The next two events I knew would be a lot of fun but probably wouldn’t be home run finishes for me. They were two gymnastic couplets back to back. The first Power Snatches and Bar Muscle Ups, then a short rest, then lighter Power Snatches and Chest to Bar Pull Ups. I knew that I had to break up the workout more than most athletes but hoped that my fitness would carry me through to strong enough finishes to keep me in the top group of athletes once the day was over. Again, I haven’t been looking at the leaderboard. Once they line you up on the field, you can basically figure out what position you were in. I knew I was placed in third, which was good considering I was not very happy with how Chaos went.
The buzzer went for the final two events on Saturday night. I broke up the first set of Snatches once and the first set of Bar Muscle Ups twice and continued to break up the reps as needed with as short of breaks as possible.
To my left was Mathew Fraser, who I was able to keep relatively close with for the first half of the workout until his Bar Muscle Up sets became much larger than I could keep up with. To my right was Cole Sager, whos a good athlete in that type of workout for me to keep pace on. My Snatches are typically a little bit stronger than his, but his Bar Muscle Ups are typically a little better than mine. Unfortunately as well, he was able to keep up a pace that I was not. When I finished the first event of the evening, I slid into the finish mat and knew I had given it everything I had. I had broke up the reps a little more than I intended, but managed my fatigue very well. It was a lot of fun.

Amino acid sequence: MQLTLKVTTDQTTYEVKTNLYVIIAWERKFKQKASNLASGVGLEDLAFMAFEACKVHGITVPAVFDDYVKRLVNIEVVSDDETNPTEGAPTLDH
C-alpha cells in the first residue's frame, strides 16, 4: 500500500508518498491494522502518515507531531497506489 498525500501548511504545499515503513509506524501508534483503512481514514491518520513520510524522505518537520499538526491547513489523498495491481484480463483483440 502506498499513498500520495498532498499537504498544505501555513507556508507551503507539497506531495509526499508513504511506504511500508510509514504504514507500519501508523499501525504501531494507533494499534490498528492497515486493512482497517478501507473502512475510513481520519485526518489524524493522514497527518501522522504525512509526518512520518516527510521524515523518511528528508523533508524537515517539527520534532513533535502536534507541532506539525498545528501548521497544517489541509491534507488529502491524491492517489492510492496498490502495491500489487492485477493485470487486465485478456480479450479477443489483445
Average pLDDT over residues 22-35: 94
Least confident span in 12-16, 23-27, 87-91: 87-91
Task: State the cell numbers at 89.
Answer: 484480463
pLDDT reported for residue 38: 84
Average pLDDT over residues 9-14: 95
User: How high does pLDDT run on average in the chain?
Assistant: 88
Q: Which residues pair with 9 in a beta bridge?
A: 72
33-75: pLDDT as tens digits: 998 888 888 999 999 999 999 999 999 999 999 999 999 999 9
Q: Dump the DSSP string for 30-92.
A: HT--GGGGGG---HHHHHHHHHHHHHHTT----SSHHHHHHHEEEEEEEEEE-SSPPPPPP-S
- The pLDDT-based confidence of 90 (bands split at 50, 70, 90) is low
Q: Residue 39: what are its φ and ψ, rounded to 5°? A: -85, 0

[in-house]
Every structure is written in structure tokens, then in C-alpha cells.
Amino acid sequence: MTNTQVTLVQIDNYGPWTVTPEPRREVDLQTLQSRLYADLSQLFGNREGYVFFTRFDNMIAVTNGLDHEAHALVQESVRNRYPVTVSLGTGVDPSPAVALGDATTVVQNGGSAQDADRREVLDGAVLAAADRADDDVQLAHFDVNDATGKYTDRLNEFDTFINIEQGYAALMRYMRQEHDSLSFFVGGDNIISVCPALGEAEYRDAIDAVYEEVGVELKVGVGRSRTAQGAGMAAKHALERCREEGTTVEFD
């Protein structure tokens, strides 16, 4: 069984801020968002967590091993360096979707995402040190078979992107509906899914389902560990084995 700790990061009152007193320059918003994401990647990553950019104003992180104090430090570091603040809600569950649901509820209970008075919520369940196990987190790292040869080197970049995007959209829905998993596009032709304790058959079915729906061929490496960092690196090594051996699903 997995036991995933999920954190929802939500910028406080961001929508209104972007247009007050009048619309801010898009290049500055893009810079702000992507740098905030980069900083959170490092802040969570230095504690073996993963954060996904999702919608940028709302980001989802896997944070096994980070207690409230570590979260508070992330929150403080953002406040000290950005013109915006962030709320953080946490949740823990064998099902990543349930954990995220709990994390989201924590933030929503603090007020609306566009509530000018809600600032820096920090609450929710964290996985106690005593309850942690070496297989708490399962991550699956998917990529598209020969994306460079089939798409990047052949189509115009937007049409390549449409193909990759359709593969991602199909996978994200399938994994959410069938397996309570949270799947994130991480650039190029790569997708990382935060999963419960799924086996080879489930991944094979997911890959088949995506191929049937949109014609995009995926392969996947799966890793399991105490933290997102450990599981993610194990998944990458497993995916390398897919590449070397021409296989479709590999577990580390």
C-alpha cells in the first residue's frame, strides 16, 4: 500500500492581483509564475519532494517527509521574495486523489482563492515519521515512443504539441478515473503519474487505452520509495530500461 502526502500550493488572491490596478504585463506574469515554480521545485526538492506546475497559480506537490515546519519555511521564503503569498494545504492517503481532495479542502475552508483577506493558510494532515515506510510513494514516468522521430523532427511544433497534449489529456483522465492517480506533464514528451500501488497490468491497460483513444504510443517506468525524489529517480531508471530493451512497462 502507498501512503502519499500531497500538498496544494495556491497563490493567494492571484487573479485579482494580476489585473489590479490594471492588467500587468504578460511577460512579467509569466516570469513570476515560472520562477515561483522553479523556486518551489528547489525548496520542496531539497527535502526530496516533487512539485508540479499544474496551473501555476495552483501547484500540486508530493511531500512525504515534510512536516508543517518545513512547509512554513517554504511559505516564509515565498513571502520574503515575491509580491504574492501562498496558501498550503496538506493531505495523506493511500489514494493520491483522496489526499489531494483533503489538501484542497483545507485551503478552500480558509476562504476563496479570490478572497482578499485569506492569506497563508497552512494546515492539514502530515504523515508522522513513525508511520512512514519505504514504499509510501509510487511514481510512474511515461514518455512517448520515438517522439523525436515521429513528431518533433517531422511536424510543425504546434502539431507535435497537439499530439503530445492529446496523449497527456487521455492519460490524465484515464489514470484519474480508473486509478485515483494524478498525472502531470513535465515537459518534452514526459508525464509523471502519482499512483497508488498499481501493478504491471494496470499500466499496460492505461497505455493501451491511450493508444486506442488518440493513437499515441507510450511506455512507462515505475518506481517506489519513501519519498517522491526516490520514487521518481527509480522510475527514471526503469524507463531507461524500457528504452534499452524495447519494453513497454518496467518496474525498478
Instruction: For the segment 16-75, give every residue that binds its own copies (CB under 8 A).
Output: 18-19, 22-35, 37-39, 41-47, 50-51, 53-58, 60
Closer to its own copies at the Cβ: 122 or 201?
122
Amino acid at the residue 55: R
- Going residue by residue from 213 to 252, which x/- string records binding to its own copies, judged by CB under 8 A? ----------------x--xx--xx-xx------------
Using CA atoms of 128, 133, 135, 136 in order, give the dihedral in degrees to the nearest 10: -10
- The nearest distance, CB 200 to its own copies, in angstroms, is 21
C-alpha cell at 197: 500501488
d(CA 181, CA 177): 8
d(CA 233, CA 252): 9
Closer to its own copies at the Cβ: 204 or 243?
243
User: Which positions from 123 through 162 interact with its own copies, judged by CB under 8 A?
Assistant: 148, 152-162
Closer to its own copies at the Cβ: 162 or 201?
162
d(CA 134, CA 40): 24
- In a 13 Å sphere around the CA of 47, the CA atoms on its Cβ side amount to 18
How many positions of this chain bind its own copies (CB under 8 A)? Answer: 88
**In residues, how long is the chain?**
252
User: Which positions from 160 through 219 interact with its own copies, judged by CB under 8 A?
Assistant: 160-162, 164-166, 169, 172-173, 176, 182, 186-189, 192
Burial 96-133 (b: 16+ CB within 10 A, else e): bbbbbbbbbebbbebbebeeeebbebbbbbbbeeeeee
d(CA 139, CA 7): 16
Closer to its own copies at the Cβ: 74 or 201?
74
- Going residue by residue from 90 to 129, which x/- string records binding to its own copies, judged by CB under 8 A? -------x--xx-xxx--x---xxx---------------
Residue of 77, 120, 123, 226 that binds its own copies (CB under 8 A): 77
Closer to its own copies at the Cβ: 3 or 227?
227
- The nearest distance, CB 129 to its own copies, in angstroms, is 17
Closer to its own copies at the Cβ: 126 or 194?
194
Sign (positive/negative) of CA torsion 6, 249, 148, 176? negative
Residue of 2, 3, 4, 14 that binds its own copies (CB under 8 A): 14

We briskly walked back to the starting mat again as what seemed like hundreds of Rogue volunteers entered the stadium to change the weights to the lighter barbell. Before we knew it, we were off again. I chose to break up the first few reps very quickly to save my grip for the end of the workout. I think this paid off, as Mathew Fraser and many athletes broke up the first 21 Snatches into bigger sets and later said they regretted it.
The Chest to Bars for me were very difficult as my grip and triceps were on fire. I knew there were not many of them so I just had to keep pushing to get back onto the bar and trust that I could use my hips on the Snatches and it would be a light reprieve from the grip needed to complete a Chest to Bar Pull Up. I could feel my pace was a lot more competitive in this than the previous one which gave me a little burst of energy knowing that if I was able to grip my way through, I could have a much stronger finish in this event. Keeping me overall a strong place going into the final day.
I did everything I could to hold onto the bar a few extra reps, every single time, and grab it a little quicker than I wanted to every time I put it down. On the final set of nine Pull Ups, I was hoping I might be good for a set of five but had to settle for three, then three sets of two very quickly. My ninth Chest to Bar, I was so tired and dizzy, I’m not entirely sure if my chest or my t-shirt hit the bar and I looked at my judge and he gave me the good signal and with lactic acid in my arms and legs I charged my way up to the finish mat and collapsed.
I was very happy again with this effort, knowing I could not have gone any faster.
As always in these types of events, it can be a little hard seeing athletes you work all year to ty to beat as they seemingly easily crush me in these types of events with high rep gymnastics. However, I have to remember that I can only control my own effort and hope it’s enough to put me in a place on the leaderboard where I belong. Having those types of finishes where I give it my all and my placing is maybe not as competitive overall as I would like definitely lights a fire in my stomach for the off-season to hopefully improve a few of these gymnastic movements even more, to squeeze out a few more points in similar events in the following years. We walked off the competition floor, most of us dumped out arms into some ice to reduce the swelling slightly and walked back to get our clothing and go rest for the final day of competition.
Thanks for reading guys, I’ll do my best to have a write up of the final day of competition.
Lots of love,